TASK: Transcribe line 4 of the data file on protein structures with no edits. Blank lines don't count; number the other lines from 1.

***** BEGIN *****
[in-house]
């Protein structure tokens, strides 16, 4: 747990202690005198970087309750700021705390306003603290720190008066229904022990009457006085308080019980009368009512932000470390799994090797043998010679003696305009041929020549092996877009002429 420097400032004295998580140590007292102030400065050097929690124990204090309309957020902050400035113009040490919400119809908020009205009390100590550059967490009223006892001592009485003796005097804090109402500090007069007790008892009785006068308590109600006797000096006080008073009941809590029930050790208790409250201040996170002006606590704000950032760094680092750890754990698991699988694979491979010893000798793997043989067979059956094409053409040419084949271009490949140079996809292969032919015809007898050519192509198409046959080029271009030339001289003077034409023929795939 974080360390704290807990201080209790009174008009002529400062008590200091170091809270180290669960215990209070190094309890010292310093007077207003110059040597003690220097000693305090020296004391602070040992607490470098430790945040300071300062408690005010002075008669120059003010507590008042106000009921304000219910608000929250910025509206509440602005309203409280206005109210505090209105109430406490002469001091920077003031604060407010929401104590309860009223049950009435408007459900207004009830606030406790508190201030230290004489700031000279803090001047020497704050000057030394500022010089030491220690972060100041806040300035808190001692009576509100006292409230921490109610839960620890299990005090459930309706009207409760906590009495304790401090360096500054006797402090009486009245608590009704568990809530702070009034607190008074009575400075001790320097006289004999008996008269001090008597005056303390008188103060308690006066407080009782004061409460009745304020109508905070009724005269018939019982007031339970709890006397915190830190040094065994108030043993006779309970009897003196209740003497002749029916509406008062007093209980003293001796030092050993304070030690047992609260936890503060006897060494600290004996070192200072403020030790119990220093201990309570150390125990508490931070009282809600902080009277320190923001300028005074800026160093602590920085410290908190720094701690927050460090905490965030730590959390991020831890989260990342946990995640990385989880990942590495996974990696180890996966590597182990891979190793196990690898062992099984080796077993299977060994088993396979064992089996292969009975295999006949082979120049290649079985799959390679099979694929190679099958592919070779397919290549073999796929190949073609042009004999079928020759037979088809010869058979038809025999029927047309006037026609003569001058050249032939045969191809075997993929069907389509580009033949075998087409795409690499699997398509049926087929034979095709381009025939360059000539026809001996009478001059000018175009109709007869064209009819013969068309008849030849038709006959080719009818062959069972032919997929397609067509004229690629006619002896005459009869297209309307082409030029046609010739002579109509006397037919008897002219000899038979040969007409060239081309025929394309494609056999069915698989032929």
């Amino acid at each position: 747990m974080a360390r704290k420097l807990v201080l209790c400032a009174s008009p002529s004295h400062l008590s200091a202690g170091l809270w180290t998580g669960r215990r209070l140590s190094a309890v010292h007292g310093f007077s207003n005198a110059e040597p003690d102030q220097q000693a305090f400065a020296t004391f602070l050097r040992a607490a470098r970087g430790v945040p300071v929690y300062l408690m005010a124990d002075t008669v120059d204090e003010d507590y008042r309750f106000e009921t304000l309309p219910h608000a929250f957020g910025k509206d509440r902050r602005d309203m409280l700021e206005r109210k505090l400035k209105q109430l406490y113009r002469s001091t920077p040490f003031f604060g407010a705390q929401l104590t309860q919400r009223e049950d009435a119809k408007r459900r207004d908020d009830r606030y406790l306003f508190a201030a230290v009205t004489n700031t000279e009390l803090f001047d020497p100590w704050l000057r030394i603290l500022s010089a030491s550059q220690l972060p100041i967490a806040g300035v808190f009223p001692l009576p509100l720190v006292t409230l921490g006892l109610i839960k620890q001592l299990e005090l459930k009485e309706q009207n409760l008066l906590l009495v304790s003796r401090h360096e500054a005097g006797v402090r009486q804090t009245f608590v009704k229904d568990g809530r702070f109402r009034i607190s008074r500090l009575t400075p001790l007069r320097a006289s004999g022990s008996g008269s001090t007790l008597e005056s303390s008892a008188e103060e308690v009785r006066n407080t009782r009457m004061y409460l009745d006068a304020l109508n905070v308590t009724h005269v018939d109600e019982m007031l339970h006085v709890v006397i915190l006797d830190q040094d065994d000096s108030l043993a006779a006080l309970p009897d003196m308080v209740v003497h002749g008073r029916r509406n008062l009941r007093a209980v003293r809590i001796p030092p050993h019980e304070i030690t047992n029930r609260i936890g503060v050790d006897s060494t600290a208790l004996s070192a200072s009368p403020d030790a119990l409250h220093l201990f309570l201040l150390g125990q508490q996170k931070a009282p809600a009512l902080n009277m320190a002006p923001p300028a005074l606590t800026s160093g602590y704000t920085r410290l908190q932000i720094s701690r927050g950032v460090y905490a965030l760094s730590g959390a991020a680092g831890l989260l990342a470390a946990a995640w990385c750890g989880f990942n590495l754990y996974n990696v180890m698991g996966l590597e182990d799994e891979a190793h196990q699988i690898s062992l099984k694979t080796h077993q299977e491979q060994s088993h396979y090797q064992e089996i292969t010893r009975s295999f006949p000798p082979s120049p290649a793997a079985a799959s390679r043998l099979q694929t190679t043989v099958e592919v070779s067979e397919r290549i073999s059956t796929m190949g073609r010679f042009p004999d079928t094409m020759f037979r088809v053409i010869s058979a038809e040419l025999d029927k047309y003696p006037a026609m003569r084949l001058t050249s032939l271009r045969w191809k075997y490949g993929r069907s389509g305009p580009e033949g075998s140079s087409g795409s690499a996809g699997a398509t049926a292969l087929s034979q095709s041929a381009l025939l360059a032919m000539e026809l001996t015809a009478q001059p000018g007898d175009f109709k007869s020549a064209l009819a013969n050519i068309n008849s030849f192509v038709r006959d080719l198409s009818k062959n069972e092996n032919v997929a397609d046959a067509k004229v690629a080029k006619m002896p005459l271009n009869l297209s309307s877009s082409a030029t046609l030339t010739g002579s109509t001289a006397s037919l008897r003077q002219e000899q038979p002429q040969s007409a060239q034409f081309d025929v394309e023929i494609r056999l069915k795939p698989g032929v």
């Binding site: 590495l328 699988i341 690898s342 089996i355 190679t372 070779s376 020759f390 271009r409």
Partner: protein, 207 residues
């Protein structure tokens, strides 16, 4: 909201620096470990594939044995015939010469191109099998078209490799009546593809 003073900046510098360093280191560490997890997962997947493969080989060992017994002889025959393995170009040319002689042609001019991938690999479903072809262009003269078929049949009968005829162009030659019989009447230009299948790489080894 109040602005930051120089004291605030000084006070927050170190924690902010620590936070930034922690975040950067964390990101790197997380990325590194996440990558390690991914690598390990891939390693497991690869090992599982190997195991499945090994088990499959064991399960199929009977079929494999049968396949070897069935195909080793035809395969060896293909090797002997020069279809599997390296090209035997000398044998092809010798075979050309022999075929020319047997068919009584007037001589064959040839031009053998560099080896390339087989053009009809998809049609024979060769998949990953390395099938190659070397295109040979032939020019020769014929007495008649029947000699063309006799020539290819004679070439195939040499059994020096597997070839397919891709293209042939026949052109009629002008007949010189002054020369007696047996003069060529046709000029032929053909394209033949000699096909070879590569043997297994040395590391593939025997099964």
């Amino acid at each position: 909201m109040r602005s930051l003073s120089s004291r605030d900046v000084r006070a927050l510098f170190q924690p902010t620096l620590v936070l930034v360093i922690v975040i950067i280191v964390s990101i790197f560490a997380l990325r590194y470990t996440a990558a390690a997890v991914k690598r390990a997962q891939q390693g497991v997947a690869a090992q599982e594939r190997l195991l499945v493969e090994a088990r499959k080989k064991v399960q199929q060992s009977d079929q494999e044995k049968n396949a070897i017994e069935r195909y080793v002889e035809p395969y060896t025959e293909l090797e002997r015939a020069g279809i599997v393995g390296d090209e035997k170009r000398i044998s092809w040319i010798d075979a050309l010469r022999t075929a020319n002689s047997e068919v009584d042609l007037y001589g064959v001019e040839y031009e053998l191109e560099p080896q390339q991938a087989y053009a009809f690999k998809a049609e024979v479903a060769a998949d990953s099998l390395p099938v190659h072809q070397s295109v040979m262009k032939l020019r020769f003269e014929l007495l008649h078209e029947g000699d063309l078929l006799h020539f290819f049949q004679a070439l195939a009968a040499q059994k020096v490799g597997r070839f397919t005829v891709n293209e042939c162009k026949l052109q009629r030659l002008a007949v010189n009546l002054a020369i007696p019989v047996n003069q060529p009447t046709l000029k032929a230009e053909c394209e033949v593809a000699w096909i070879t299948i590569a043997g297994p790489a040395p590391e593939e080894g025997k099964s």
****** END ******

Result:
């Binding site: 590495l328 699988i341 690898s342 089996i355 190679t372 070779s376 020759f390 271009r409």